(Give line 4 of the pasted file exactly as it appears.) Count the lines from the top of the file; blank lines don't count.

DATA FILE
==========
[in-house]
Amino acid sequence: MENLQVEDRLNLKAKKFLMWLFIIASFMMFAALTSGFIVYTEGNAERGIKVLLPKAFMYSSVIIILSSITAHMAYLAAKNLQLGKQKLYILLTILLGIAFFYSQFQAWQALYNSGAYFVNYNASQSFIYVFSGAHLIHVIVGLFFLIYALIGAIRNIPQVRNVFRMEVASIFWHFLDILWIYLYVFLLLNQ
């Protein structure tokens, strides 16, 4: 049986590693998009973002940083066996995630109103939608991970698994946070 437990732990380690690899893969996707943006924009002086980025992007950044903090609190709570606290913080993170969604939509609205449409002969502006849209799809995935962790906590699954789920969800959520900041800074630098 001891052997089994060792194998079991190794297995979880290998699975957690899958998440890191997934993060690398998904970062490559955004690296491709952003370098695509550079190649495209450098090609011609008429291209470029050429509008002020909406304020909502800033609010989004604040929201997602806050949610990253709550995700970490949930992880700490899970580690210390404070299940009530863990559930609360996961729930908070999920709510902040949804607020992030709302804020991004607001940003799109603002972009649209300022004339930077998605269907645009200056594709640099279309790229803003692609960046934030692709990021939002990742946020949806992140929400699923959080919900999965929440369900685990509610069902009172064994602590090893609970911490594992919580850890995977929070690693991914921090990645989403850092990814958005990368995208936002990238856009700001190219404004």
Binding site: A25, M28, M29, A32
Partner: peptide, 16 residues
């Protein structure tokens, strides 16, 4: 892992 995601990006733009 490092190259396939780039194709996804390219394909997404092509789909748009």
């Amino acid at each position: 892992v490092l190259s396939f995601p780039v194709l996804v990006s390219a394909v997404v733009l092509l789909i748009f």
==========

Binding site: A25, M28, M29, A32